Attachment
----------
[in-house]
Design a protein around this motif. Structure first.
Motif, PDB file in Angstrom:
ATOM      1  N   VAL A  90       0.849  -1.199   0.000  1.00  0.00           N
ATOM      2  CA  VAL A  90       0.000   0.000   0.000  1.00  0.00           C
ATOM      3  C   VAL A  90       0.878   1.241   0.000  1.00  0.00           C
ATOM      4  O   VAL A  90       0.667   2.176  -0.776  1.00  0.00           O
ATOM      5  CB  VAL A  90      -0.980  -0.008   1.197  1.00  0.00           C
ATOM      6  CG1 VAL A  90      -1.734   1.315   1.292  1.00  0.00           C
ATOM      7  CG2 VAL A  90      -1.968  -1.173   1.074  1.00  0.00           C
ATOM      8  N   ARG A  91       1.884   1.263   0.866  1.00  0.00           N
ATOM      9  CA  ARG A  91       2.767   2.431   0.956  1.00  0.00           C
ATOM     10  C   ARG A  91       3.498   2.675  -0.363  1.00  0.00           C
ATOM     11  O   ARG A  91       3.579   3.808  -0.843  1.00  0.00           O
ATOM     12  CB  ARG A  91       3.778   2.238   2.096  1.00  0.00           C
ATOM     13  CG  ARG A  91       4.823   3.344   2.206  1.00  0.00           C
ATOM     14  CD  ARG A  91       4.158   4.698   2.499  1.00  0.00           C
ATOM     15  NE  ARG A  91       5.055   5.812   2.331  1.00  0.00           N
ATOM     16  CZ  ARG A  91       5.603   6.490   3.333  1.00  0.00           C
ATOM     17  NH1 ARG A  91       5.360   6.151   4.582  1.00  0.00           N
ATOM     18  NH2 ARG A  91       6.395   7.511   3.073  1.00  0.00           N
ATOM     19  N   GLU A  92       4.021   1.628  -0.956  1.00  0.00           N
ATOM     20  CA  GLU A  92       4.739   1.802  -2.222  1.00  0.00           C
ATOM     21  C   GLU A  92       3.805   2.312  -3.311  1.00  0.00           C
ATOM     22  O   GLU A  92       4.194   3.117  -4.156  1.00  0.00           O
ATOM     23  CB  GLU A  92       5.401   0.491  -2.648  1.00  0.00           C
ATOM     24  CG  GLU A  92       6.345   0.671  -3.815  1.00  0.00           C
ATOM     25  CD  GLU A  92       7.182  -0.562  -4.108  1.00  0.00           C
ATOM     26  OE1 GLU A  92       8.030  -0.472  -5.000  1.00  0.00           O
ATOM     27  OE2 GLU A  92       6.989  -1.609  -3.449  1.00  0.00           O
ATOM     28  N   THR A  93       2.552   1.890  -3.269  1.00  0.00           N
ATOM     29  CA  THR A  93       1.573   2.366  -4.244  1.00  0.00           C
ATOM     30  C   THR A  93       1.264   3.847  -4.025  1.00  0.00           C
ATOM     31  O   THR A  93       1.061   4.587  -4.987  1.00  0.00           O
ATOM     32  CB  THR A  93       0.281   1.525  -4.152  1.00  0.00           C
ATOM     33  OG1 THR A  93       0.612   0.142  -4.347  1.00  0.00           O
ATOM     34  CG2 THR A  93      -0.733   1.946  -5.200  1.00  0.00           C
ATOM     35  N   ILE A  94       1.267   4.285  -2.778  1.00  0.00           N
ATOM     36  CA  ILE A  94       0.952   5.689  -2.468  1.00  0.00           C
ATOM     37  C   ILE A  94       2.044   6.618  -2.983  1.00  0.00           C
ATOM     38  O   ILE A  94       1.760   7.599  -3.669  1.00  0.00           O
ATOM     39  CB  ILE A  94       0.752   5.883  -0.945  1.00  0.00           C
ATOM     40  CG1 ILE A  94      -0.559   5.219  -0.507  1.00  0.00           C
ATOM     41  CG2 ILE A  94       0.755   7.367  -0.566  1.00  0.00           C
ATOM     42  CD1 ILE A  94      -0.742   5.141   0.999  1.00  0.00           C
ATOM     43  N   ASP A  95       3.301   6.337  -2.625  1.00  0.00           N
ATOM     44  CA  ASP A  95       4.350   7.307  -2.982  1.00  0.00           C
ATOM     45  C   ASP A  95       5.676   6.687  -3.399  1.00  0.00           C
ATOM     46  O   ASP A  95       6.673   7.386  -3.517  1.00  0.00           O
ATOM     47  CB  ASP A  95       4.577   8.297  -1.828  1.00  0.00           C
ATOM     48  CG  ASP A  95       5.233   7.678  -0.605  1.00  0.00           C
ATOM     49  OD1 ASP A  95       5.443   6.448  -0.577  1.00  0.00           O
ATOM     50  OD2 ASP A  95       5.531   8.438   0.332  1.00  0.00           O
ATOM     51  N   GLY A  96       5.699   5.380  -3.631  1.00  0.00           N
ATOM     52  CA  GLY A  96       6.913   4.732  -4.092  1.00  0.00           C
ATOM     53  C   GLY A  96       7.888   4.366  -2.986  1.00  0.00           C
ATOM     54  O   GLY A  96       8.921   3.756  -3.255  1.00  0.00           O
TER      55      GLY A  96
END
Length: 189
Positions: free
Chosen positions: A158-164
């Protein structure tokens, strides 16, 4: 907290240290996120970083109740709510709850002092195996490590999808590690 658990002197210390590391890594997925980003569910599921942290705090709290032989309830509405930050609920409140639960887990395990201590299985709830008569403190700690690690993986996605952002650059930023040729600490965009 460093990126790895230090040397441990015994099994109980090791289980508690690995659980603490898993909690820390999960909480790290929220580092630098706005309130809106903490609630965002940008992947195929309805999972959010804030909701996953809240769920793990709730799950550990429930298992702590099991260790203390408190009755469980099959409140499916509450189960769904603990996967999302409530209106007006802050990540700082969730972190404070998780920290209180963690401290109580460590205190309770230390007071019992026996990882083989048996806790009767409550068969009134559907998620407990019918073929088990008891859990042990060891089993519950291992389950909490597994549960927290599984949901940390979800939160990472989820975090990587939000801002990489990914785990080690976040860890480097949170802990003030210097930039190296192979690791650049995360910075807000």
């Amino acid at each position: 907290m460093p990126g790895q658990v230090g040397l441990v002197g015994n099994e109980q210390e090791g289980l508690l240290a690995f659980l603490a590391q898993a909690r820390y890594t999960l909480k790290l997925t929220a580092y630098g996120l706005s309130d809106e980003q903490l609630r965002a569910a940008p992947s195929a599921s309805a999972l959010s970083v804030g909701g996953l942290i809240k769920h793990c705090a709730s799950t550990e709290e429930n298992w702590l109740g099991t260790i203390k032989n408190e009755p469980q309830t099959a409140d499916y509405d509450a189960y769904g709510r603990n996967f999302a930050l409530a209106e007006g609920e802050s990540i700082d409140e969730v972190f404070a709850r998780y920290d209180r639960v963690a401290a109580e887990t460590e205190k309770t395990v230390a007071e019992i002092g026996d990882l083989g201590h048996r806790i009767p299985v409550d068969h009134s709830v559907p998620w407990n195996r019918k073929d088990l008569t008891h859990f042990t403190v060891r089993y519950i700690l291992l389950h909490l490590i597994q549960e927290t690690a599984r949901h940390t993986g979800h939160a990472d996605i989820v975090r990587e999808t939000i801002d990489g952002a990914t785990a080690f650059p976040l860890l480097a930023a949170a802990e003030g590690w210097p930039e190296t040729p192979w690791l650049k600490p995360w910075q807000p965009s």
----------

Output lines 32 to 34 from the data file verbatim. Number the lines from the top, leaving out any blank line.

ATOM     29  CA  THR A  93       1.573   2.366  -4.244  1.00  0.00           C
ATOM     30  C   THR A  93       1.264   3.847  -4.025  1.00  0.00           C
ATOM     31  O   THR A  93       1.061   4.587  -4.987  1.00  0.00           O